Congestive heart failure (CHF), or simply heart failure, is a condition in which your heart doesn’t fill with blood or pump blood as it should.
The condition can cause fluid buildup in your body, causing shortness of breath or trouble breathing, fatigue, and swelling in the arms, legs, and stomach.
In combination with medications, diet plays an important role in managing your symptoms and reducing your risk of other health complications.
This article explains what to eat and avoid with CHF and provides a sample CHF diet.
What is congestive heart failure?
Heart failure is a condition in which the chambers of your heart (ventricles) don’t fill with enough blood or your heart isn’t strong enough to pump sufficient blood from these chambers to your body’s tissues.
As a risk factor for heart disease, high cholesterol can also increase your risk of developing heart failure.
Heart failure symptoms may include (2):
- shortness of breath
- fatigue and weakness
- swelling (edema) in your ankles and feet
- swelling of your abdomen (ascites)
- rapid weight gain from fluid retention
- poor appetite
- fast heart rate
Your doctor may review your medical history, conduct a physical examination, and perform tests like a chest X-ray or heart ultrasound (echocardiogram) to diagnose heart failure (2).
Congestive heart failure increases fluid retention
With heart failure, your heart pumps less blood than it otherwise would if it was healthy, causing a decrease in blood pressure.
To compensate for reduced blood flow, your heart beats faster, your veins constrict, and your kidneys retain water to maintain proper blood circulation (3).
Over time, these compensatory methods to maintain proper blood circulation to your body’s tissues cause fluid buildup or congestion in and around organs such as the lungs, ankles, and feet.
This fluid accumulates gradually over time, causing shortness of breath and swelling in your lower legs. Your doctor may prescribe you medications to reduce fluid buildup, but eating the right diet can also help.
Congestive heart failure diet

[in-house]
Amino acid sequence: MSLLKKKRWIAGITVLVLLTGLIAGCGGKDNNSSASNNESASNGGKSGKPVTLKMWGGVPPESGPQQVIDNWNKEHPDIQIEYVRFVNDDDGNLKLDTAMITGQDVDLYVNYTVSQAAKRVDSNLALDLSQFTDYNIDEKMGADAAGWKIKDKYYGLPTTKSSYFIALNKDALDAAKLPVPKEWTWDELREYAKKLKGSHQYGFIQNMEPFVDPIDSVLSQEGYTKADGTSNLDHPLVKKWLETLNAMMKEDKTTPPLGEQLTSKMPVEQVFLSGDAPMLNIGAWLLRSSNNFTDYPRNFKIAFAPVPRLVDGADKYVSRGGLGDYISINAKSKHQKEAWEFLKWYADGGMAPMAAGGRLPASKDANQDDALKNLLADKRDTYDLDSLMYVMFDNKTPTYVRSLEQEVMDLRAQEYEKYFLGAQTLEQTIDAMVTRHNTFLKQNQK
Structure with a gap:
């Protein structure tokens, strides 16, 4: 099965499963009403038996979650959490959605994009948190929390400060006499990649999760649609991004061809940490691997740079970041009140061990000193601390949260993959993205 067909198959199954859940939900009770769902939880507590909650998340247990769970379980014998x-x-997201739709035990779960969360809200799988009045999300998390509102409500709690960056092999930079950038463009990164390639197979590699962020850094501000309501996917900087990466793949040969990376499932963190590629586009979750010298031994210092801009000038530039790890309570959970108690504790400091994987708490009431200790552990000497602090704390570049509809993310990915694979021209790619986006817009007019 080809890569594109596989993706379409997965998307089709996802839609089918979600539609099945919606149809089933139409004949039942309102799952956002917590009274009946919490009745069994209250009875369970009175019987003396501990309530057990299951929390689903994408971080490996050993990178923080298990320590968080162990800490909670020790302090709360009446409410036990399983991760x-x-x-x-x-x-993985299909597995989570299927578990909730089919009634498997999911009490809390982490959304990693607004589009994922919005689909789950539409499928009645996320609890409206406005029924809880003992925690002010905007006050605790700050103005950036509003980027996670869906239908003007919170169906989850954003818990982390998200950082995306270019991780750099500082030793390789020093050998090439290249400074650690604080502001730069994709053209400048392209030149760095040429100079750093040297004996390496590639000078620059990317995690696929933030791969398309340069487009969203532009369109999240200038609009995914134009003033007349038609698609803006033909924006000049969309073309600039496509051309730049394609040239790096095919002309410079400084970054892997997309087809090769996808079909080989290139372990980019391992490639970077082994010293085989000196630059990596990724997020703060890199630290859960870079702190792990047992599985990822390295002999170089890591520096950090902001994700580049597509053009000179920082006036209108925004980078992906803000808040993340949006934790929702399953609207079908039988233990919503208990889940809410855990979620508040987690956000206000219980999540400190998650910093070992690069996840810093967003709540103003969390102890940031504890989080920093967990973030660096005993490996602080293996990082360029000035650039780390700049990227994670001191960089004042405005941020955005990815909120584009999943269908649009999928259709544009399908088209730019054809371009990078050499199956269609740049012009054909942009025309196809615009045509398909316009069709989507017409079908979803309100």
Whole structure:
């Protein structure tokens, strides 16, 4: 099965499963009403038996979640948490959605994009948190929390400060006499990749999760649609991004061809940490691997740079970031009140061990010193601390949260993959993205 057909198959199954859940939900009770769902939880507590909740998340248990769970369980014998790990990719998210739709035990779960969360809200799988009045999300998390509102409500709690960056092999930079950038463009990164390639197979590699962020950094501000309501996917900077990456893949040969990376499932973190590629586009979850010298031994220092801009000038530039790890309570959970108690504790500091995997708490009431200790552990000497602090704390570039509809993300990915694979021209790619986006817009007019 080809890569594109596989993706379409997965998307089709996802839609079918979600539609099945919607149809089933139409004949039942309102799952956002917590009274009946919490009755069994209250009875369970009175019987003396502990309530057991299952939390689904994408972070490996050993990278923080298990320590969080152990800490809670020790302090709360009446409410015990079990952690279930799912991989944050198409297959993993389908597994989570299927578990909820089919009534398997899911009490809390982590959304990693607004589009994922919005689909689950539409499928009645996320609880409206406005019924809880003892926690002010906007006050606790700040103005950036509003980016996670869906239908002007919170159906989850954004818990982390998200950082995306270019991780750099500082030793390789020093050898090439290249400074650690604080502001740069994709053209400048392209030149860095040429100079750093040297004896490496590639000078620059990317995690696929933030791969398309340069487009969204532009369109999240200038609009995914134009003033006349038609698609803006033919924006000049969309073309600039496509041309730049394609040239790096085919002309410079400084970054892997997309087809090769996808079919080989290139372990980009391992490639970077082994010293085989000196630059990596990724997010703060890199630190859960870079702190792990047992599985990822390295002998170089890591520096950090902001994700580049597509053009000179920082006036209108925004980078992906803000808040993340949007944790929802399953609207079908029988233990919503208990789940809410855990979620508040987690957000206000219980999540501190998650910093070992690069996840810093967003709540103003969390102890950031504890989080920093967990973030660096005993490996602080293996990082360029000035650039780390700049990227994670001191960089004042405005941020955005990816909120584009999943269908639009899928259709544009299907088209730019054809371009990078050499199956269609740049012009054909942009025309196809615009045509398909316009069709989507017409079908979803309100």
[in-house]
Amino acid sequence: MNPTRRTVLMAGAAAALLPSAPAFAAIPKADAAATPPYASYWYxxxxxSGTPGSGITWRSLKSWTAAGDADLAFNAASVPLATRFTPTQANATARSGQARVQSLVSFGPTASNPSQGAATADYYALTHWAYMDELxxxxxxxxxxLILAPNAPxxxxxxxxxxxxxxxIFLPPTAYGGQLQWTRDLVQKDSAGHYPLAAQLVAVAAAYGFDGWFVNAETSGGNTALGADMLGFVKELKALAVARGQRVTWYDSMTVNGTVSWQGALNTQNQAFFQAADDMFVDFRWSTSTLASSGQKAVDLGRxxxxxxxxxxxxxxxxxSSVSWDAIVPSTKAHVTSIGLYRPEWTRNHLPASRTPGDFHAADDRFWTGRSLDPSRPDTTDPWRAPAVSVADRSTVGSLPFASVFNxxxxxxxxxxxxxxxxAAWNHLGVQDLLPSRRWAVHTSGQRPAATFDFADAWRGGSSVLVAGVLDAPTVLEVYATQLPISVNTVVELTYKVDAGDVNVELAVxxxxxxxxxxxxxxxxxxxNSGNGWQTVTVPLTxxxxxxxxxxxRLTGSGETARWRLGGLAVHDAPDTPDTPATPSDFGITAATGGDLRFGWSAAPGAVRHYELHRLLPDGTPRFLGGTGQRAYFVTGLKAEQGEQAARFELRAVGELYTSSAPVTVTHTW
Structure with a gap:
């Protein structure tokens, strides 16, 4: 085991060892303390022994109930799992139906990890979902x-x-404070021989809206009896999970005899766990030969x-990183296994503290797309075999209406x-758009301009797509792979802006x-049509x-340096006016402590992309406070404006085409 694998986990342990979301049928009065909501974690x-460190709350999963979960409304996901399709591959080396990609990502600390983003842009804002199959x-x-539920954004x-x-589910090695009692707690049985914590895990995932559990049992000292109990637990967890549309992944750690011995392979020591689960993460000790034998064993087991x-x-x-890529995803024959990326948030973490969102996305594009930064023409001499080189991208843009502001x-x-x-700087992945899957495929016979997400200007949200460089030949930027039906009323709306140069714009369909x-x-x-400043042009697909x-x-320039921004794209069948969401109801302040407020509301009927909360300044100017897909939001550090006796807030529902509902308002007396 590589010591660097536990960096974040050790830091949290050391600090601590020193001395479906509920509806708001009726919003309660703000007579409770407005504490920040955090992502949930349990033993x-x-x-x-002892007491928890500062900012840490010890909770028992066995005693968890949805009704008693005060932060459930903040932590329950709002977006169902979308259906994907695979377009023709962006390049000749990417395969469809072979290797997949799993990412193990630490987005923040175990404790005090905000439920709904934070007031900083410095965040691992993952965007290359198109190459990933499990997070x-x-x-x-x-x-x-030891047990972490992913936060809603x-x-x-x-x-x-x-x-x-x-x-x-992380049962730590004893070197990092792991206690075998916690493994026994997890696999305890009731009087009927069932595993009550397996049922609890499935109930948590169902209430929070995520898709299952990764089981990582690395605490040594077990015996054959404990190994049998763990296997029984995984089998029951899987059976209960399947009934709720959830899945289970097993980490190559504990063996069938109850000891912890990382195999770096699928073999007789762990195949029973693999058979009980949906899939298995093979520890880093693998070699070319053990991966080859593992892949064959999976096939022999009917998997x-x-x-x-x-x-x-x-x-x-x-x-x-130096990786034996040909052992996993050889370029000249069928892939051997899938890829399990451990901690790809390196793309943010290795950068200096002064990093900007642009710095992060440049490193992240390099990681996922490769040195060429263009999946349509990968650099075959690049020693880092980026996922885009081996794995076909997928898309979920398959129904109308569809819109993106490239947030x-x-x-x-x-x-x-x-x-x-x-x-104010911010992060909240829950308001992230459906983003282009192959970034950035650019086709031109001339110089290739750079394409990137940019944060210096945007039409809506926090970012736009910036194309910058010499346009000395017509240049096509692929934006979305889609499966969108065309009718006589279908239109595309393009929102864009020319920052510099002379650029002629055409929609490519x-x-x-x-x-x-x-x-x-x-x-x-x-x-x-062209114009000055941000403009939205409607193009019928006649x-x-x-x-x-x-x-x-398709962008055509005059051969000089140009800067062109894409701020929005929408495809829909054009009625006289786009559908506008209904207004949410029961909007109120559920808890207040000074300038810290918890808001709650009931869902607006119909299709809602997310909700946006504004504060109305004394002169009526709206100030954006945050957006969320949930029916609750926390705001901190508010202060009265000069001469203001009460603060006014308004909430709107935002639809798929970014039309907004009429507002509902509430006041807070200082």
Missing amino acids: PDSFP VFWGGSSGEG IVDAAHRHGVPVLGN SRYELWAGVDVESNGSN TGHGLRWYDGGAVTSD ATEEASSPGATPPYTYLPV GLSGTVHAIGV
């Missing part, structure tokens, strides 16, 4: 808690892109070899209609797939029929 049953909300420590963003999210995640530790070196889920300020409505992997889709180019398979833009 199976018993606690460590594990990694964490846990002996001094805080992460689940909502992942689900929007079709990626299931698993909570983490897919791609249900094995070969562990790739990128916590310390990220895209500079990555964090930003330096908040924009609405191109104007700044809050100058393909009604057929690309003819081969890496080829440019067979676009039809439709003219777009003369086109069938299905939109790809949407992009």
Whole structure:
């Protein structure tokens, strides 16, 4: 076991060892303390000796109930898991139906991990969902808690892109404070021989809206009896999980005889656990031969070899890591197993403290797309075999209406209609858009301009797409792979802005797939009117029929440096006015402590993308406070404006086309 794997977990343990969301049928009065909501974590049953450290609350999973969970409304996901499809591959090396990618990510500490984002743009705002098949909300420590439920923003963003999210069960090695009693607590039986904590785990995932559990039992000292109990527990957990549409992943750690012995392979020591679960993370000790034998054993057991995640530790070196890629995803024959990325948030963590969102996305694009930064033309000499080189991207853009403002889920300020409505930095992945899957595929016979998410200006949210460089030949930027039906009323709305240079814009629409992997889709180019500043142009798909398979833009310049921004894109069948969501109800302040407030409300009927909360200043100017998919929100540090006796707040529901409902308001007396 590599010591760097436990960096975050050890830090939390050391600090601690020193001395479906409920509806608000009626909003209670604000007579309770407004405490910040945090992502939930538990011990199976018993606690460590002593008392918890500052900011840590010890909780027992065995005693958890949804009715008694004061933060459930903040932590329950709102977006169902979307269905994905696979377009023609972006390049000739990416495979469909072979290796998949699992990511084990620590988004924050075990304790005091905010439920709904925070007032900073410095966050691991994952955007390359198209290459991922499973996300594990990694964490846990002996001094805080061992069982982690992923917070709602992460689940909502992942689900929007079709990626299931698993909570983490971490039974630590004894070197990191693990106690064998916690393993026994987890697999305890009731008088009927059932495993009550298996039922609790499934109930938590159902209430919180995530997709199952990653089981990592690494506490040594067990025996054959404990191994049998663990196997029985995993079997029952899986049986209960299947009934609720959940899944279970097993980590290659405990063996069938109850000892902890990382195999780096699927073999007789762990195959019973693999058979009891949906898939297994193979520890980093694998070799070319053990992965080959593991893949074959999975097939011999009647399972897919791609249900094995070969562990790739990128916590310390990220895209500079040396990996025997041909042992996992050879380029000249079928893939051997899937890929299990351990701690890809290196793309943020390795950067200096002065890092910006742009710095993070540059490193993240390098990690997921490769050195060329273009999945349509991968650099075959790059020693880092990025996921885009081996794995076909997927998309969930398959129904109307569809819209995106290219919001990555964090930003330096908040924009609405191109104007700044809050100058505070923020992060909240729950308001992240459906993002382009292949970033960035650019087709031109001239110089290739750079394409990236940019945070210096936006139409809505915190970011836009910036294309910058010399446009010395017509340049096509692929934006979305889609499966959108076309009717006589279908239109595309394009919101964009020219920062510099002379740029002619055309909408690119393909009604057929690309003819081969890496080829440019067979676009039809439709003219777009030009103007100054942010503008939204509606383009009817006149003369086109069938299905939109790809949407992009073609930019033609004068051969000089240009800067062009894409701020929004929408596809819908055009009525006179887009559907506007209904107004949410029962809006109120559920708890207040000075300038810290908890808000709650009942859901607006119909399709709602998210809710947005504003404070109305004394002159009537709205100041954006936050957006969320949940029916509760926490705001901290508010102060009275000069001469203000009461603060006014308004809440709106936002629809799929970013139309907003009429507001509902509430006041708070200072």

A low sodium diet restriction is commonly recommended for reducing fluid buildup and other health complications from heart failure.
A low-sodium diet generally refers to a limit of 1,500–2,000 mg per day.
For reference, most Americans consume about 3,400 mg per day, primarily from restaurants, prepackaged, and processed foods in the form of salt (4).
Sodium is one of the two components of salt, the other being chloride. Salt by weight is 40% sodium and 60% chloride.
Moreover, a low-sodium diet can be difficult to follow long-term and make foods less palatable and enjoyable, increasing the risk for unintentional weight loss and malnutrition, especially for older adults (9).
That said, a more liberalized sodium allowance of 2,500–3,000 mg may be more beneficial for heart failure (5).
You can meet this recommendation by eating a diet that contains mostly fruits and vegetables, lean meats, low-fat dairy, whole grains, beans, and legumes.
Congestive heart failure diet food list
Following a heart-healthy diet can help you reduce fluid buildup, improve heart health, as well as reach and maintain a healthy weight (11).
Foods to eat
While limiting sodium is a primary focus of any heart-healthy diet, it shouldn’t be the only focus.
Here are some foods essential to a heart-healthy diet:
- Vegetables: arugula, asparagus, beets, broccoli, cauliflower, peppers, spinach, etc.
- Fruits: apples, bananas, berries, cherries, grapes, melons, oranges, pomegranates, etc.
- Lean proteins: Chicken, cod, pork loin, tilapia, turkey, and lean cuts of beef, such as sirloin and tenderloin steaks.
- Low-fat dairy: Cottage cheese, milk, mozzarella and feta cheese, and yogurt.